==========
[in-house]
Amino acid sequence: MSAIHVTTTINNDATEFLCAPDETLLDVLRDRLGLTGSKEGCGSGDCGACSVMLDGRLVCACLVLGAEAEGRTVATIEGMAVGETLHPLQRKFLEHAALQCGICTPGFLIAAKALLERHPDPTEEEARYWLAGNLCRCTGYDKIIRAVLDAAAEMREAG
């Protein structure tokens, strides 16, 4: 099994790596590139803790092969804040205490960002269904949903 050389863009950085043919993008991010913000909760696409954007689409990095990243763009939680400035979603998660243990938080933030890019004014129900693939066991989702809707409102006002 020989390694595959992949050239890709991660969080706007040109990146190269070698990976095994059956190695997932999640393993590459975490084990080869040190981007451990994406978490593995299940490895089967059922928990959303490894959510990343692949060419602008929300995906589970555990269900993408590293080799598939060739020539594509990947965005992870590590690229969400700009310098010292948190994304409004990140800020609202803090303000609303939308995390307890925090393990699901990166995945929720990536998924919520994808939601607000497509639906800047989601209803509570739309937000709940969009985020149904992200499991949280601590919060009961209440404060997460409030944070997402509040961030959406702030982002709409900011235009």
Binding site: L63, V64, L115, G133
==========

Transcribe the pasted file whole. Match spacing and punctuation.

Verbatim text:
[in-house]
Amino acid sequence: MSAIHVTTTINNDATEFLCAPDETLLDVLRDRLGLTGSKEGCGSGDCGACSVMLDGRLVCACLVLGAEAEGRTVATIEGMAVGETLHPLQRKFLEHAALQCGICTPGFLIAAKALLERHPDPTEEEARYWLAGNLCRCTGYDKIIRAVLDAAAEMREAG
């Protein structure tokens, strides 16, 4: 099994790596590139803790092969804040205490960002269904949903 050389863009950085043919993008991010913000909760696409954007689409990095990243763009939680400035979603998660243990938080933030890019004014129900693939066991989702809707409102006002 020989390694595959992949050239890709991660969080706007040109990146190269070698990976095994059956190695997932999640393993590459975490084990080869040190981007451990994406978490593995299940490895089967059922928990959303490894959510990343692949060419602008929300995906589970555990269900993408590293080799598939060739020539594509990947965005992870590590690229969400700009310098010292948190994304409004990140800020609202803090303000609303939308995390307890925090393990699901990166995945929720990536998924919520994808939601607000497509639906800047989601209803509570739309937000709940969009985020149904992200499991949280601590919060009961209440404060997460409030944070997402509040961030959406702030982002709409900011235009």
Binding site: L63, V64, L115, G133